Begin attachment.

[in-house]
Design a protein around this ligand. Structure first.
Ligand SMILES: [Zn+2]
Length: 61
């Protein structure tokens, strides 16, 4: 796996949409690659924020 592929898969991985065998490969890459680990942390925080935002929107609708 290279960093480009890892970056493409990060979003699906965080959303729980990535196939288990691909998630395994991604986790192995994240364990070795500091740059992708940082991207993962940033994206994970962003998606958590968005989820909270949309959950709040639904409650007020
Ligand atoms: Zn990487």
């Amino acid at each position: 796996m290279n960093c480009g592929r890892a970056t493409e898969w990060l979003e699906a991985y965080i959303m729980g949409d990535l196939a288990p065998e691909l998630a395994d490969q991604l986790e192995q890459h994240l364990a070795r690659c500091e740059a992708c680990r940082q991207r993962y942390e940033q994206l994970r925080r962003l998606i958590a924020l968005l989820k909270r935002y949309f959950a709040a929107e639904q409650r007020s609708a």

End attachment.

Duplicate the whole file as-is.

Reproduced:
[in-house]
Design a protein around this ligand. Structure first.
Ligand SMILES: [Zn+2]
Length: 61
């Protein structure tokens, strides 16, 4: 796996949409690659924020 592929898969991985065998490969890459680990942390925080935002929107609708 290279960093480009890892970056493409990060979003699906965080959303729980990535196939288990691909998630395994991604986790192995994240364990070795500091740059992708940082991207993962940033994206994970962003998606958590968005989820909270949309959950709040639904409650007020
Ligand atoms: Zn990487």
């Amino acid at each position: 796996m290279n960093c480009g592929r890892a970056t493409e898969w990060l979003e699906a991985y965080i959303m729980g949409d990535l196939a288990p065998e691909l998630a395994d490969q991604l986790e192995q890459h994240l364990a070795r690659c500091e740059a992708c680990r940082q991207r993962y942390e940033q994206l994970r925080r962003l998606i958590a924020l968005l989820k909270r935002y949309f959950a709040a929107e639904q409650r007020s609708a």